I’m looking for top FTSE 100 companies that would fit nicely into a Stocks and Shares ISA, and I find two names particularly intriguing. Both have been hugely rewarding for investors but have now fallen out of favour. Could today be a good time to buy them?
Two years ago, they were riding high. Since then, the Admiral share price has crashed 35.09% and Hargreaves’s shares have plunged a thumping 48.62%. Admiral has recovered slightly, climbing 6.68% over the last year, but Hargreaves is still heading south, down 12.89%.
Last week, Admiral mustered a 4% rise in first-half pre-tax profits to £234m but that’s not much to shout about. Especially since it slashed the interim dividend by 15% at the same time. These are tough times for general insurers, as customers are squeezed while rising claims and labour costs drive up premiums.
Doesn’t float my boat
Admiral has been testing its pricing power by passing on costs to consumers, which has boosted income but at the cost of shrinking its customer base. It may be a price worth paying but nothing about this story excites me. The cost-of-living crisis still has some way to run.
Also, the FTSE 100 is currently packed full of high-yielding stocks trading at dirt-cheap valuations. Yet Admiral looks relatively pricey at 19.12 times earnings while yielding just 3.43%. I think I can find better value elsewhere.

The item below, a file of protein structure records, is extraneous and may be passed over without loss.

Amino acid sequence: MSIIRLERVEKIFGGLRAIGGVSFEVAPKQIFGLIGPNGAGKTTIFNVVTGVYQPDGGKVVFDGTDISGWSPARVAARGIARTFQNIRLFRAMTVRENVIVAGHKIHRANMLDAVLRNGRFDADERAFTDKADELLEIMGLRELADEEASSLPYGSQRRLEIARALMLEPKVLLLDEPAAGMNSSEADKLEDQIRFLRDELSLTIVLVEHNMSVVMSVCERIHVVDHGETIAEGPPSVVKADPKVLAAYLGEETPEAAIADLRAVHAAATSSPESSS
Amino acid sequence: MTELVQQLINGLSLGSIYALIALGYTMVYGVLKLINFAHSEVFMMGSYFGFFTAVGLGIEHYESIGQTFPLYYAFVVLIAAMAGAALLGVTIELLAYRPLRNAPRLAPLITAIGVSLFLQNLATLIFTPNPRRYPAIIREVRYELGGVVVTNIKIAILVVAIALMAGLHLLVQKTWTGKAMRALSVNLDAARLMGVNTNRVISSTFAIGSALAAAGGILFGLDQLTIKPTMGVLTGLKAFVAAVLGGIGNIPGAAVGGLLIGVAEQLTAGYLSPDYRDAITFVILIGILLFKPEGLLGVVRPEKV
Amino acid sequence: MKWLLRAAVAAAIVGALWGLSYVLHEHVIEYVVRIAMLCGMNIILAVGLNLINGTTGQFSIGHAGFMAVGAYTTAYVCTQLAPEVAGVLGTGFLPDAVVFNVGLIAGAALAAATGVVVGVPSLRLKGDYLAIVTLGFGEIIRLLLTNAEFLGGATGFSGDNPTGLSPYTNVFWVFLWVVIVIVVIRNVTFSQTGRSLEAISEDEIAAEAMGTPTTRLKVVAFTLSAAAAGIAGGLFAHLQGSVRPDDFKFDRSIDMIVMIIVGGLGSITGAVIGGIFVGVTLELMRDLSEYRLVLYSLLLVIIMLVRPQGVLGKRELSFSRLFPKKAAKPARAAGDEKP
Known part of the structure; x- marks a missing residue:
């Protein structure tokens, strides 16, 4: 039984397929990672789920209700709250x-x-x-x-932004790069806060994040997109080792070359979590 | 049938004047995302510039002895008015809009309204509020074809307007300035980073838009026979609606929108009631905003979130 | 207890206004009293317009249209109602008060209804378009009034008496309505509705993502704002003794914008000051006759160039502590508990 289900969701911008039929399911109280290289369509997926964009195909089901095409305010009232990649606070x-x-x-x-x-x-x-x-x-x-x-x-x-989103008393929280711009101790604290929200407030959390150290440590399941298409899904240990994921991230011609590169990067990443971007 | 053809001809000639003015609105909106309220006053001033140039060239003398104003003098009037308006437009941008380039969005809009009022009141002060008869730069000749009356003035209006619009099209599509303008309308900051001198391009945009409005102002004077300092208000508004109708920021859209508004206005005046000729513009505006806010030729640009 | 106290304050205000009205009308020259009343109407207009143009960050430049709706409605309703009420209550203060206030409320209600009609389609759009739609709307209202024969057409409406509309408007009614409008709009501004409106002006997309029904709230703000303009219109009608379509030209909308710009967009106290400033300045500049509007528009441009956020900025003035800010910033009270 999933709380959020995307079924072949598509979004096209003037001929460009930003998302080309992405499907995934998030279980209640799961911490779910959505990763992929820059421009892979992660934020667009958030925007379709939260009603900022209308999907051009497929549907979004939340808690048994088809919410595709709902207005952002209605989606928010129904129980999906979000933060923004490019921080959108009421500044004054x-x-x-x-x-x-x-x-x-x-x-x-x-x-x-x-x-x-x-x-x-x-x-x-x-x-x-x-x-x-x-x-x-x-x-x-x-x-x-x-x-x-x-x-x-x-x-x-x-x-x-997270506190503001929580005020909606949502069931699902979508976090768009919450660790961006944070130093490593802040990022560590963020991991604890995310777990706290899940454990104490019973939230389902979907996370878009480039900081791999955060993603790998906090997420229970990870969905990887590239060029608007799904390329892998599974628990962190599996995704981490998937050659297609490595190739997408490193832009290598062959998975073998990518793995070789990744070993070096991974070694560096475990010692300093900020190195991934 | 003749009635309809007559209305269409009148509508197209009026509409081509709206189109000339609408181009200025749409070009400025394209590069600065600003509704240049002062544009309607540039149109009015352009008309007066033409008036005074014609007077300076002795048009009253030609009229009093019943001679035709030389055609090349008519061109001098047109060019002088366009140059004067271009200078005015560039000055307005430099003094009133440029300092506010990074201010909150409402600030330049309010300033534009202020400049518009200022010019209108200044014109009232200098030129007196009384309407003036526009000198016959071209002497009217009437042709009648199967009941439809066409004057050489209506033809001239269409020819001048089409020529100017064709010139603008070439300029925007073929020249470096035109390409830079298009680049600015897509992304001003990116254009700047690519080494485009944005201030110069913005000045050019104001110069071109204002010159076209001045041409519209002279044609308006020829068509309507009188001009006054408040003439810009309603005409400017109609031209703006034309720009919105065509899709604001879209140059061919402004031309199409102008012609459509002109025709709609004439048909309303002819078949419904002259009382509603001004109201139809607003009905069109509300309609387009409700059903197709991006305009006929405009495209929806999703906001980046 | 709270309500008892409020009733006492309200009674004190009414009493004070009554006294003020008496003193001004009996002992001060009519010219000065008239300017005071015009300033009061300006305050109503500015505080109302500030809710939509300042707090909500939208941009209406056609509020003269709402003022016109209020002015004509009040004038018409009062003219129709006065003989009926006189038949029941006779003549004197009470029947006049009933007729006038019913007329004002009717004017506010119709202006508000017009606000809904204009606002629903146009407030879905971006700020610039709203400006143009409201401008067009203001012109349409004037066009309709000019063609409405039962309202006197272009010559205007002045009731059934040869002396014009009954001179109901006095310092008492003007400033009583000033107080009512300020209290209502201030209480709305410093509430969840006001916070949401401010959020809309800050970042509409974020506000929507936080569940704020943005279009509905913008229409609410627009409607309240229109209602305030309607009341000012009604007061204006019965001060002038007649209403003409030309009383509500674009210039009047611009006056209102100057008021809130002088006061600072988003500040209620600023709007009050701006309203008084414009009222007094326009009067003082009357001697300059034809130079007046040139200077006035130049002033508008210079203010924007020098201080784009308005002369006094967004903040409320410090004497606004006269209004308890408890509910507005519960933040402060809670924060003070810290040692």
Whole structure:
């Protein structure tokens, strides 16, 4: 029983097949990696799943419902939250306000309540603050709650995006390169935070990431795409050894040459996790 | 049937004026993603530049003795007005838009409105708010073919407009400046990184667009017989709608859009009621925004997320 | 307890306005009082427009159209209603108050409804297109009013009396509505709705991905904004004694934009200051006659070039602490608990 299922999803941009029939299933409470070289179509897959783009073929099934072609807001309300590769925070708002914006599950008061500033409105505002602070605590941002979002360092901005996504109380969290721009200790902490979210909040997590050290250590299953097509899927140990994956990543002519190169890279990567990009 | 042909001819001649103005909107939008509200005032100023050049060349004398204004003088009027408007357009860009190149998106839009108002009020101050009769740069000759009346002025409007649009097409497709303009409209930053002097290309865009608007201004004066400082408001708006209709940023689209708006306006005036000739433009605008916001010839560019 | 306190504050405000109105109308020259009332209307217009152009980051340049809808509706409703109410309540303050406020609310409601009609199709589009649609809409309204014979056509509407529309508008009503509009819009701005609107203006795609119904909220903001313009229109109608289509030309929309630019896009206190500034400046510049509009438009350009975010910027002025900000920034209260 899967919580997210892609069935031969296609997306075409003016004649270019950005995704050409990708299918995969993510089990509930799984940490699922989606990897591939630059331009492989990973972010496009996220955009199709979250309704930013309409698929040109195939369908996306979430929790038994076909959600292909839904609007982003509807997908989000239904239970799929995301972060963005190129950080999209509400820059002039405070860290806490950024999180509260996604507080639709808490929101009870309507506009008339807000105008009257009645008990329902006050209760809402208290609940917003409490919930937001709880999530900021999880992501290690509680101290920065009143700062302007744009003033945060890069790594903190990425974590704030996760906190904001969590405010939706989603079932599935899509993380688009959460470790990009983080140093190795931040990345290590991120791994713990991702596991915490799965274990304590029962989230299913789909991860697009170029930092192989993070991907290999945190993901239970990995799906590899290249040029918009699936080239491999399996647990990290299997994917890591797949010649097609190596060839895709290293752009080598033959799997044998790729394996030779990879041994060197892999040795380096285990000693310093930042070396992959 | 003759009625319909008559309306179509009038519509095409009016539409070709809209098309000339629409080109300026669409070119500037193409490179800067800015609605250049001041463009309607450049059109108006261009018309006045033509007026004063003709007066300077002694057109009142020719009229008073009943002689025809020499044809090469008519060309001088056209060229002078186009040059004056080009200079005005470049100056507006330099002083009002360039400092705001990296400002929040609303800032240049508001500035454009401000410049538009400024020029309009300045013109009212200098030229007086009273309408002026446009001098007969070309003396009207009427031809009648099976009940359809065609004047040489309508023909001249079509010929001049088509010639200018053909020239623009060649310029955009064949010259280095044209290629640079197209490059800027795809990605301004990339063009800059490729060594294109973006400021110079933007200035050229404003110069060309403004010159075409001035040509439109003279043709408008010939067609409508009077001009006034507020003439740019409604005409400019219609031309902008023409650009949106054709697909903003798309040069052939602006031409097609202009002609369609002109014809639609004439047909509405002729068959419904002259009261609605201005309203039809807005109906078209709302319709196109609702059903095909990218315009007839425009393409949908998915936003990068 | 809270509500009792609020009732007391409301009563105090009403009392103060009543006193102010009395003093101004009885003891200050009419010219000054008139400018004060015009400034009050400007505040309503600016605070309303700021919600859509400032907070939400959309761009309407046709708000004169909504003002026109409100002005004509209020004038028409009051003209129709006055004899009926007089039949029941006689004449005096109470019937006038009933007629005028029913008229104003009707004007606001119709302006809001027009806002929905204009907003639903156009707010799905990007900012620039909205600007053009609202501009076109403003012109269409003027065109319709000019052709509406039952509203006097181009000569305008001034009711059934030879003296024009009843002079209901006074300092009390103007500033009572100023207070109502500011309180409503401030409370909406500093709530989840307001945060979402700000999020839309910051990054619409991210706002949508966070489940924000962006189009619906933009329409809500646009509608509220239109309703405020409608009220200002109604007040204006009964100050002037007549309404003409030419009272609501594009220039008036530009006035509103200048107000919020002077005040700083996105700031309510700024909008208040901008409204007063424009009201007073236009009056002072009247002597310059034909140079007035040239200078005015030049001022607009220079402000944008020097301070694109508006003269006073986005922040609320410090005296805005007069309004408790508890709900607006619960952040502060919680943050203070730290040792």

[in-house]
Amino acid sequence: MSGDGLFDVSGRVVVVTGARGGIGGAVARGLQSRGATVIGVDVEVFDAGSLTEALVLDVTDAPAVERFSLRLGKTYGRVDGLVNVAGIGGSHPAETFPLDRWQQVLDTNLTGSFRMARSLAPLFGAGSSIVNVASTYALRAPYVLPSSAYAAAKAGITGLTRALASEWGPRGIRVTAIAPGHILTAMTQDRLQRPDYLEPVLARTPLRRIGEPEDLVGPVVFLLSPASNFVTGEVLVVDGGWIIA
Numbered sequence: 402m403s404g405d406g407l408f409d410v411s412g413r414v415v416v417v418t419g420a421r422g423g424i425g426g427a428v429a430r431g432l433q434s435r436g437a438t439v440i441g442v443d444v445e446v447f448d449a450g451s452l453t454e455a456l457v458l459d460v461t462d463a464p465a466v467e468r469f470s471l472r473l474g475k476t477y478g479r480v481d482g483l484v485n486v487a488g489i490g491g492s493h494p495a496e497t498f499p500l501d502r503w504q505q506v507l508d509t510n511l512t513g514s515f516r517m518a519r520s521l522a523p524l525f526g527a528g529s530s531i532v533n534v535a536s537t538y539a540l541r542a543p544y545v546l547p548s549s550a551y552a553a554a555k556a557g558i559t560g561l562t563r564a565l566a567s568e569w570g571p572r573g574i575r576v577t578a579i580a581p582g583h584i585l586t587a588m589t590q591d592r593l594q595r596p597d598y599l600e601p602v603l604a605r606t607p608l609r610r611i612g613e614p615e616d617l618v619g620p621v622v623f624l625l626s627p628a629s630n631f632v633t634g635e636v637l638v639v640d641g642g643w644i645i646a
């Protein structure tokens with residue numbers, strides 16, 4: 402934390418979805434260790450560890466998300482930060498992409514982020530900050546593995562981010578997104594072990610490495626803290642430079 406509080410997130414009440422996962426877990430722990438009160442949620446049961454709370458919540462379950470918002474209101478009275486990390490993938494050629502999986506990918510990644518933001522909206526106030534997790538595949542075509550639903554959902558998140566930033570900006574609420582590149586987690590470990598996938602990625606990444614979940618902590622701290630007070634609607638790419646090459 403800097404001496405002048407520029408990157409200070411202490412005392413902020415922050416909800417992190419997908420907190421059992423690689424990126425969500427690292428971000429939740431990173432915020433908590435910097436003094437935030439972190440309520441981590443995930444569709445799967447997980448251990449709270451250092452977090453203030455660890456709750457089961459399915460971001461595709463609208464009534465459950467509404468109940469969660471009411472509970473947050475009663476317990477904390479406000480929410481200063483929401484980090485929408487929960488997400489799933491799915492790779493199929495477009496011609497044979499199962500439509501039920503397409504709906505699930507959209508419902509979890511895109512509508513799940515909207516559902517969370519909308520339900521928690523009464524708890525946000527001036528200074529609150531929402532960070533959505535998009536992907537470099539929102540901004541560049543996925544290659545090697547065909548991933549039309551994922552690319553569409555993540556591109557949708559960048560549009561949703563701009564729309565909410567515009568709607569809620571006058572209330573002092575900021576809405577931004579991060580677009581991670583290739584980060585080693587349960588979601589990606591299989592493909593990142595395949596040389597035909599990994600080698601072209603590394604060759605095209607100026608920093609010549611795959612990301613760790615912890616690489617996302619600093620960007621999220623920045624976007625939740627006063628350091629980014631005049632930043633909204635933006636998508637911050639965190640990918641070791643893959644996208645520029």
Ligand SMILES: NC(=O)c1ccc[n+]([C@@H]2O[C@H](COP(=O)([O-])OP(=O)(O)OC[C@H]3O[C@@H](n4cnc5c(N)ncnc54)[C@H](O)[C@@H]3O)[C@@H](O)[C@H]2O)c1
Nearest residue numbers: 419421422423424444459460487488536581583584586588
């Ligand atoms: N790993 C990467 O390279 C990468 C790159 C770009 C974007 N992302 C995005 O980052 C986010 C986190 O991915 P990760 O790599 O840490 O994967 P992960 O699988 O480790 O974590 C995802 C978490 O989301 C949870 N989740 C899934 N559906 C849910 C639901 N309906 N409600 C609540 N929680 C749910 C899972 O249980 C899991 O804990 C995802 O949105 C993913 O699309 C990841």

The Hargreaves Lansdown share price just keeps falling. It’s down another 15% in the last month, making it one of the very worst performers on the FTSE 100. Its performance is highly sensitive to stock market movements, and it’s suffered from recent volatility.
Fears that the US Federal Reserve will carry on hiking interest rates and concern over a Chinese meltdown have delivered a double dose of punishment.
I remember when Hargreaves Lansdown shares routinely traded at around 24 times earnings. Today, they’re valued at 11.8 times forecast earnings for 2023. Suddenly I’m tempted and I’ve just found something else to like. The board has steadily increased its dividend per share in recent years and further progression is expected in the year to 30 June 2023, as my table shows.
|Dividend per share||33.70p||37.50p||38.50p||39.70p||41.00p*|
Hargreaves is slowly transforming from a growth stock into an income stock, which tends to happen when firms hit the FTSE 100. For years, the dividend barely topped 2%. Now investors can expect 5.44% this year and 6.05% in 2024.
Brighter times ahead
I’m coming round to Hargreaves Lansdown. At some point, interest rates will peak and stock markets recover. When that happens, private investors will flood back and its assets under management should rise
Hargreaves is no longer the young and hungry challenger. Instead, it’s the one to beat in a competitive market. Yet it remains popular with its customers and will grow when conditions allow. I will buy when I have more cash at my disposal. Let’s hope that happens before its share price starts to recover. By contrast, I’ll leave Admiral in dry dock for now.